Remember the hoodies? After Trayvon Martin was killed, people of all races donned them to declare "I am Trayvon Martin." It was well-meaning but off base, writes Eric Liu at Time. The hoodie was irrelevant; it was only Trayvon's race that mattered. Now, in the aftermath of George Zimmerman's trial, Liu is cheered to see a different meme: White people declaring that "I am not Trayvon Martin"—acknowledging that they get all kinds of breaks simply because they're white.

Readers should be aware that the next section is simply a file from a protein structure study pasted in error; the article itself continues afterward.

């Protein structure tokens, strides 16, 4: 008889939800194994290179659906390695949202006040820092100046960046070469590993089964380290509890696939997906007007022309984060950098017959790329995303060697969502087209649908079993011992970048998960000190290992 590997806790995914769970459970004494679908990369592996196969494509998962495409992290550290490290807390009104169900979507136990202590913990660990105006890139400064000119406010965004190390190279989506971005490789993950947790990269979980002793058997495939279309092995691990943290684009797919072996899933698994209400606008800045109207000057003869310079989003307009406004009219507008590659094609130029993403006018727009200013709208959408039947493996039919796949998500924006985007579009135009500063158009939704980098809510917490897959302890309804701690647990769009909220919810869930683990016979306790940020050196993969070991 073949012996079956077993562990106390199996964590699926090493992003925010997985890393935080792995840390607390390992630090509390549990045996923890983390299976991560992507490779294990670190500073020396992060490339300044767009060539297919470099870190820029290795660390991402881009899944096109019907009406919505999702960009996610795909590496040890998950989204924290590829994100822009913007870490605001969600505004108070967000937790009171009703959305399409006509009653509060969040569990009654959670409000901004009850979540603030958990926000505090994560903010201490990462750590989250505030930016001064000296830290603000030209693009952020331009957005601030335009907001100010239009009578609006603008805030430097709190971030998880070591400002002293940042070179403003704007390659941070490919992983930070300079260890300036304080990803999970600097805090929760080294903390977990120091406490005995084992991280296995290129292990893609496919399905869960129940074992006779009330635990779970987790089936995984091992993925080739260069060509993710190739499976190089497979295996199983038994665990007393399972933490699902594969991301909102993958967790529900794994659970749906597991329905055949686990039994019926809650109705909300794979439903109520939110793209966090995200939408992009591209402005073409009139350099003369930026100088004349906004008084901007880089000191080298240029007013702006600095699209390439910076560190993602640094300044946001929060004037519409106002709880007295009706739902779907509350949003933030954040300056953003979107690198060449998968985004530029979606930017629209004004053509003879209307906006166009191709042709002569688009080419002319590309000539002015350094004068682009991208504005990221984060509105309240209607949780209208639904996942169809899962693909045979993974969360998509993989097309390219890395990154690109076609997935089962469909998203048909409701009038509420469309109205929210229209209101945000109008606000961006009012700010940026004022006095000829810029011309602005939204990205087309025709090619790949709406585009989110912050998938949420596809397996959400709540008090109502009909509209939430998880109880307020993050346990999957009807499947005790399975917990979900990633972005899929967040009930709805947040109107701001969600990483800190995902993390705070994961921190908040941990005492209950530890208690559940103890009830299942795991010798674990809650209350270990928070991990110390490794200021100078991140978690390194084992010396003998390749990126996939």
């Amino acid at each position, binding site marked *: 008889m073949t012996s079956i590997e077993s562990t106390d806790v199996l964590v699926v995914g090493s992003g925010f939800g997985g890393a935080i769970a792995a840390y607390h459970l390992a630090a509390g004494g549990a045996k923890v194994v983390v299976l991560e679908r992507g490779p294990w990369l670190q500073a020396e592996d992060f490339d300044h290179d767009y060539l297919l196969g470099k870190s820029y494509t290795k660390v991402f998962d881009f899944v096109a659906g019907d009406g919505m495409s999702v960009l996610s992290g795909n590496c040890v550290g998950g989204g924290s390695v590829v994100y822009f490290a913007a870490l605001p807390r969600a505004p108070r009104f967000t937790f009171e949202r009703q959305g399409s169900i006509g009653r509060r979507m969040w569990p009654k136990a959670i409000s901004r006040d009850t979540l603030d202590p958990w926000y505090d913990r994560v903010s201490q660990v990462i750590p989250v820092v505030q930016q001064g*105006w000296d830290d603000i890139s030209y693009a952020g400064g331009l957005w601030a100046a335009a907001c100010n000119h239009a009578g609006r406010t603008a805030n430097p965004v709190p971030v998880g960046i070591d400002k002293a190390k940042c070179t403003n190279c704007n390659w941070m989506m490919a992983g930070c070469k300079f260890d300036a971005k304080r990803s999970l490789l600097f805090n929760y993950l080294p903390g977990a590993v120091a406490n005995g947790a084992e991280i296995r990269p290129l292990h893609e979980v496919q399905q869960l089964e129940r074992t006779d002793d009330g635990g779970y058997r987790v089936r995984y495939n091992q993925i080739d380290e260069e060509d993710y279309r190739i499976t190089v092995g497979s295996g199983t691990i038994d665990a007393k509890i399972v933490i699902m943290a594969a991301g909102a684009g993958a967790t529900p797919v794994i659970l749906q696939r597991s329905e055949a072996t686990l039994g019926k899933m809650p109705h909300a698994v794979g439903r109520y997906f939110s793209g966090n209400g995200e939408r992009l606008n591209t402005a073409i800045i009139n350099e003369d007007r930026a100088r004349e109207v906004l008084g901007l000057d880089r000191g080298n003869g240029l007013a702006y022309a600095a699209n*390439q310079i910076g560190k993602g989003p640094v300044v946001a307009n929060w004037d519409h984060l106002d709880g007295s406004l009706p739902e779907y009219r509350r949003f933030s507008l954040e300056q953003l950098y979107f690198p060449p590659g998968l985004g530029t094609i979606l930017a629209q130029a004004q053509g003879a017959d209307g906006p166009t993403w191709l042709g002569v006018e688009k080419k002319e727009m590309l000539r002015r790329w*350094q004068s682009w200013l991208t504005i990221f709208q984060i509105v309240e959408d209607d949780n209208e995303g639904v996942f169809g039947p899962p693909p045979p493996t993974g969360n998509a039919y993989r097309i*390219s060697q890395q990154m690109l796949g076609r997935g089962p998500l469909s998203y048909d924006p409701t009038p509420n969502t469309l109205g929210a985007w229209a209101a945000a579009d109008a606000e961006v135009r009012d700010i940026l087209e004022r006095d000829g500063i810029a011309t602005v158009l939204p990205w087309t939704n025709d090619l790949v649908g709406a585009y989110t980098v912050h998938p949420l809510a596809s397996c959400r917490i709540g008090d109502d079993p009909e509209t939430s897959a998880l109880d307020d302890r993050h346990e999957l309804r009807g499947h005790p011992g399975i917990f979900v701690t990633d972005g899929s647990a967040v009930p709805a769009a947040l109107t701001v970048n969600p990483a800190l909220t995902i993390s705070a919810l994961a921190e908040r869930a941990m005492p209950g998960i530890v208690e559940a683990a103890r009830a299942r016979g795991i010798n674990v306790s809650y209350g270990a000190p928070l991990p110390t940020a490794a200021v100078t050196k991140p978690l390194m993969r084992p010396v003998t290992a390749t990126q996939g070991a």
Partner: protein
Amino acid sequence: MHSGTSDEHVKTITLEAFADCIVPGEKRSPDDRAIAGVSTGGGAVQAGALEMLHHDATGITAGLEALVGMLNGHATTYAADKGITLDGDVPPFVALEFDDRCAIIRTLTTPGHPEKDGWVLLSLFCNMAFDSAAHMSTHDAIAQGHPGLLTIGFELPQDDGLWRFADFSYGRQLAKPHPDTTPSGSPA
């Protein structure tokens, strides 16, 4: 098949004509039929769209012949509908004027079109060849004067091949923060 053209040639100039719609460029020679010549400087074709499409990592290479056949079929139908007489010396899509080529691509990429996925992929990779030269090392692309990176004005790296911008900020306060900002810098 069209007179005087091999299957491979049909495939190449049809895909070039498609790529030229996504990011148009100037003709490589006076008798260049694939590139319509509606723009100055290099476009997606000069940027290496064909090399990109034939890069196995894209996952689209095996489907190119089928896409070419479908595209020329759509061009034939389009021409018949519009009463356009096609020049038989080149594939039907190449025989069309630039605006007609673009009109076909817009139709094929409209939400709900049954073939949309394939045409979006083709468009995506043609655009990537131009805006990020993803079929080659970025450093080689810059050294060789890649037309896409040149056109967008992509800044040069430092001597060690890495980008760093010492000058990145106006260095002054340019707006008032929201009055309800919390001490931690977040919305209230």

It's not so much about empathy as "about owning up to the unequal privilege of being non-black and saying, in essence, 'I Am George Zimmerman,'" writes Liu. "And because I am George Zimmerman, I get to have my fears trump reality. I get get-out-of-jail-free cards. I get a presumption of innocent victimhood, no matter what my own acts or attitudes." Minorities can chafe about the unfairness of the current system, but it won't change until white people step up, and that finally might be happening. "It's become possible to imagine a day when that structure of privilege is dismantled—by white people." Click for Liu's full column. (Read more Trayvon Martin stories.)